Last week, we hosted our first Readiness Workshop as part of our 2018 Smart Cities Council Readiness Challenge. We started in Cary, NC — a very impressive town that has a clear view of how all the elements of the community need to come together.
That understanding is a critical building block for smart cities initiatives and as you’ll read below, we are able to use it to chart some actions that could soon help the city make more data-driven decisions, reduce sanitary sewer overflows and make its streets safer and more efficient.
Over the next few months, we’ll be turning the outputs of the workshop into a roadmap that the city can put into practice. Make sure you join us for Smart Cities Week this fall in Washington, D.C., to hear directly from Cary about the progress it has made and the lessons it has learned. Become one of our 2019 winners by expressing your interest in the Smart Cities Council Readiness Challenge. And check out the infographics that we produced during the sessions. — Jennifer James
Cary, NC, already has much to be proud of. The town of 162,000 was named the second-most livable mid-sized city in the U.S. with the sixth-best quality of life.
It’s attractive to businesses, too. It was named one of the ten best places in the South to relocate your headquarters. Business is growing there. Last year, it added 3,000 jobs.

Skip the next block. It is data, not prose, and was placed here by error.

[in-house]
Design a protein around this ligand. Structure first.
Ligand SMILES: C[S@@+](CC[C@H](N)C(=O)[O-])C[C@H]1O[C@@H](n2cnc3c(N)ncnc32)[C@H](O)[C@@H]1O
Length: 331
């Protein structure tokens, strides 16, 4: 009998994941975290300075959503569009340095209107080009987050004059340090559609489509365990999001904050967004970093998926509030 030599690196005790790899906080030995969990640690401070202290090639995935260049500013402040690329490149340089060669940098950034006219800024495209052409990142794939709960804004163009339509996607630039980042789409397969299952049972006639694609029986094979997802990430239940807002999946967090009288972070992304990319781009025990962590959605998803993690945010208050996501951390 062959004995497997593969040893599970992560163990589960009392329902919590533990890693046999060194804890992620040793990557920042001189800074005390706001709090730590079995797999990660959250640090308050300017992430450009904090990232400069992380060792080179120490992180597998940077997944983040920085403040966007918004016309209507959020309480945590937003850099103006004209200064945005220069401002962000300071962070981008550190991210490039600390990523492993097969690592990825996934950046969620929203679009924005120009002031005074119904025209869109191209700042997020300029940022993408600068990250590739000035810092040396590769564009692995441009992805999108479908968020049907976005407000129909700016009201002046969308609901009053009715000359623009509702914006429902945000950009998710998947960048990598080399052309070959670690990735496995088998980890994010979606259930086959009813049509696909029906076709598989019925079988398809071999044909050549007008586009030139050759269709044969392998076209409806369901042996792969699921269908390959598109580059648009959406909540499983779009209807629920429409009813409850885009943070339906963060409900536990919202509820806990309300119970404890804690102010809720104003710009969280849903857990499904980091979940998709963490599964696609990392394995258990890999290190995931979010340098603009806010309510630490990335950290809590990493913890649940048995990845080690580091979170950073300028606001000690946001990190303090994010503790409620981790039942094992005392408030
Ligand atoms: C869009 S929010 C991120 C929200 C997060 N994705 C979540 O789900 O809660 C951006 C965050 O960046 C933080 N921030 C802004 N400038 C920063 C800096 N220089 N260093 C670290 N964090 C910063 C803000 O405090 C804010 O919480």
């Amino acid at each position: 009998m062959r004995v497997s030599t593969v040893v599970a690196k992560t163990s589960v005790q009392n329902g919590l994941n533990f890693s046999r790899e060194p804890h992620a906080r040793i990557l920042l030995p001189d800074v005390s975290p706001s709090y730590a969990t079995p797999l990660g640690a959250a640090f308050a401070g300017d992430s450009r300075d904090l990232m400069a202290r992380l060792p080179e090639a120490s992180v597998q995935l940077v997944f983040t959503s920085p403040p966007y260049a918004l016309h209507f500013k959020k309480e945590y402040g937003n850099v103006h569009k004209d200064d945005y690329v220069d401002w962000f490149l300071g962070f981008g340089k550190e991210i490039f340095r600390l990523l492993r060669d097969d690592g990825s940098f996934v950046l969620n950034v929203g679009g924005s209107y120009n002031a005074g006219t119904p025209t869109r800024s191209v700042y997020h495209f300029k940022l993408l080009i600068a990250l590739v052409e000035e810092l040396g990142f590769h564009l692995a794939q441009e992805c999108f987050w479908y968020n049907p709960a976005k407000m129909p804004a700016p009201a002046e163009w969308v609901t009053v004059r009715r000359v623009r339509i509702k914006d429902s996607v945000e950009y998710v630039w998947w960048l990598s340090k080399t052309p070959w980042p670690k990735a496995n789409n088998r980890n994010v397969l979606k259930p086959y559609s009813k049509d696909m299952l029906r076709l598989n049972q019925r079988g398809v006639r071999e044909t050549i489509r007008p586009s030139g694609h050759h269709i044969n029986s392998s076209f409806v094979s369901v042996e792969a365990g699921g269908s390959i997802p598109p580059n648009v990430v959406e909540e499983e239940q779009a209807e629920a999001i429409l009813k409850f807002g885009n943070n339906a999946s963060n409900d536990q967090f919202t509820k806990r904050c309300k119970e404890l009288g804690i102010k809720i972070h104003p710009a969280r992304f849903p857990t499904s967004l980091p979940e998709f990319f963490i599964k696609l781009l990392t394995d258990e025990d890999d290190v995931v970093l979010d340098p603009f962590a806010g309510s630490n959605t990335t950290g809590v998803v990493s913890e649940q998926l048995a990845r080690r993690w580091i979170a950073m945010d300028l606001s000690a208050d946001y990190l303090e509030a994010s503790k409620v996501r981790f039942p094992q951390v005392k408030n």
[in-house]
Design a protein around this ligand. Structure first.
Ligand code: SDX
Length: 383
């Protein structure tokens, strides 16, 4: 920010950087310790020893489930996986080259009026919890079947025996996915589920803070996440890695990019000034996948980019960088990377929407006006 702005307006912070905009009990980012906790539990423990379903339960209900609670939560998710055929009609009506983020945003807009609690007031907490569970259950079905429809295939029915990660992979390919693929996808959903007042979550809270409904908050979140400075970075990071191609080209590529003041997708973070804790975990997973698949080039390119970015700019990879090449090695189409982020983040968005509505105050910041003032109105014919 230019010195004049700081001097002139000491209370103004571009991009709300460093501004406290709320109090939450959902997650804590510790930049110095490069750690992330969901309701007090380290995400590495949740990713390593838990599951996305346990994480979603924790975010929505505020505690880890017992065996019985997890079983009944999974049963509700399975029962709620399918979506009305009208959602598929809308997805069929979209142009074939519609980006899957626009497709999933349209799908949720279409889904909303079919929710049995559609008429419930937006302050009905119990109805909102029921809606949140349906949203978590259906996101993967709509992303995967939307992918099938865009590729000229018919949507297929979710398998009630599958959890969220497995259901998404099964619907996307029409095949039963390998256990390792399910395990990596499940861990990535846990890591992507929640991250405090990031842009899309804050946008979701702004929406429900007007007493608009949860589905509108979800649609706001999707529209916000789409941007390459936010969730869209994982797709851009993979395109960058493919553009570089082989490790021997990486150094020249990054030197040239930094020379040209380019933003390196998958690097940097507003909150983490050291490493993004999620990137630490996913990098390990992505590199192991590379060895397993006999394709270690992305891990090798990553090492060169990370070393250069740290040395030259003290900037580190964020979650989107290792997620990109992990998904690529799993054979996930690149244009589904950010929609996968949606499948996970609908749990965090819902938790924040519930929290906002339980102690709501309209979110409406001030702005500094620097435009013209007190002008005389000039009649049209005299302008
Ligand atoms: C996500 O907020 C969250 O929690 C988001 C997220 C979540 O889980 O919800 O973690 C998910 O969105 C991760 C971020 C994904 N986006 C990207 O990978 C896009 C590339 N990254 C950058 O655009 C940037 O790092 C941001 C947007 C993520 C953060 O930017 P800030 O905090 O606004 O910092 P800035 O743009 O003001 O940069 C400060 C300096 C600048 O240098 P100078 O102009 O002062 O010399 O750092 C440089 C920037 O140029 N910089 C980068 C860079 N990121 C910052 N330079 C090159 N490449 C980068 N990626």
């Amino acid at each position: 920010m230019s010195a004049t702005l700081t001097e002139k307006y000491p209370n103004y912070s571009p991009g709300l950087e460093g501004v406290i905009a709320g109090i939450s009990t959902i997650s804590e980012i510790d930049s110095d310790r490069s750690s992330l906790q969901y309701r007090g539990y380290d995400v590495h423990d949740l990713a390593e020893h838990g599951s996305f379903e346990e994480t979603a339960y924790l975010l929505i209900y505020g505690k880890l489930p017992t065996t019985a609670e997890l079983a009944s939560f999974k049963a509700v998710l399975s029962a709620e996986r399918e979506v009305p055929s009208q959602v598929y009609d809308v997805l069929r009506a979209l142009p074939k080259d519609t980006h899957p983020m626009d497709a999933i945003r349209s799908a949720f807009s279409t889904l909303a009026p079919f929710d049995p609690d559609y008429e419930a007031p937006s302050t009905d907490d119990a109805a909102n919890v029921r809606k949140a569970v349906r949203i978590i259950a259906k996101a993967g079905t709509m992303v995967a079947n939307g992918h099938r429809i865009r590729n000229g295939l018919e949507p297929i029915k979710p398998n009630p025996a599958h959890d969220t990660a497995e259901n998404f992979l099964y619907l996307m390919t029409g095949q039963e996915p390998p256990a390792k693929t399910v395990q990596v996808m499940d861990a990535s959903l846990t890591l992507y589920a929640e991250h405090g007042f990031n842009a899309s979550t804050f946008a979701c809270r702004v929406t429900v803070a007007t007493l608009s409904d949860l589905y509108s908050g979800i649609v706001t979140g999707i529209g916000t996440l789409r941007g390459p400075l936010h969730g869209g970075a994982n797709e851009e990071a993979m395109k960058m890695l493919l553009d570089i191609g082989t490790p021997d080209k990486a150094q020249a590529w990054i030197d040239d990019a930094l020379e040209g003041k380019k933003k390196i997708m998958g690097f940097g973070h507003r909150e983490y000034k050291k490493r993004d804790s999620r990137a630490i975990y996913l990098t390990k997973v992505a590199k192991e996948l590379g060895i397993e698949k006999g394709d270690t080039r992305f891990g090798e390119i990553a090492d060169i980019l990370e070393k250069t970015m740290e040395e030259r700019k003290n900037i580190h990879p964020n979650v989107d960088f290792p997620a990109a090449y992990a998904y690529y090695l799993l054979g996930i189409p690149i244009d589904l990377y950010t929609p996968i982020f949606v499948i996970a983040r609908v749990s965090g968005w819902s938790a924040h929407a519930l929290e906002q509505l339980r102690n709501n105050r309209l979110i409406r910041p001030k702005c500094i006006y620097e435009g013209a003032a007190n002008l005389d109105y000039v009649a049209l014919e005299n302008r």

But Cary wants to do even better. It wants its own identity of success, in addition to its Research Triangle one. And it wants to rank even higher on the quality of life rankings. Cary, one of five winners of the 2018 Smart Cities Council Readiness Challenge, believes that smart cities principles are key to accomplishing that and it used its Readiness Workshop as a vehicle to plot a roadmap forward.
“Our goal is to enrich the lives of our citizens,” said Mayor Harold Weinbrecht. “We hope that by strengthening our connection to technology and data that we can make this happen. Making more data-driven decisions is important, and that is the future of Cary.”
A 360-degree view
Smart cities tear down silos that keep their departments from working together. In Cary, this effort is part of building what it calls a 360-degree view of the city.
“The key thing about our efforts is meeting citizens where they are,” said Terry Yates, smart cities program manager. “We are putting the citizen in the middle of everything we do — interconnecting everything we do to create a 360-degree view of our citizens, our operations and our regional efforts.”
The opportunities are great. Imagine being able to present someone who’s thinking about moving to the area with a real-time simulation of the city, showing everything from traffic to water usage.
But there are challenges, too.
“It seems like every solution has their own platform, their own dashboard,” Yates said. “How do you tie that all together to get that one view, that one holistic system? How do you connect what, where?”
To that end, about one hundred workshop participants divided themselves into working groups to explore how to integrate data, improve the health of the community by improving sewer system reliability, and improve traffic flow without dramatically widening roads.
The integrated data infrastructure group focused on three key goals: finding ways to integrate operations, how to demonstrate value, and how to promote data standardization throughout the region by working with regional partners and businesses.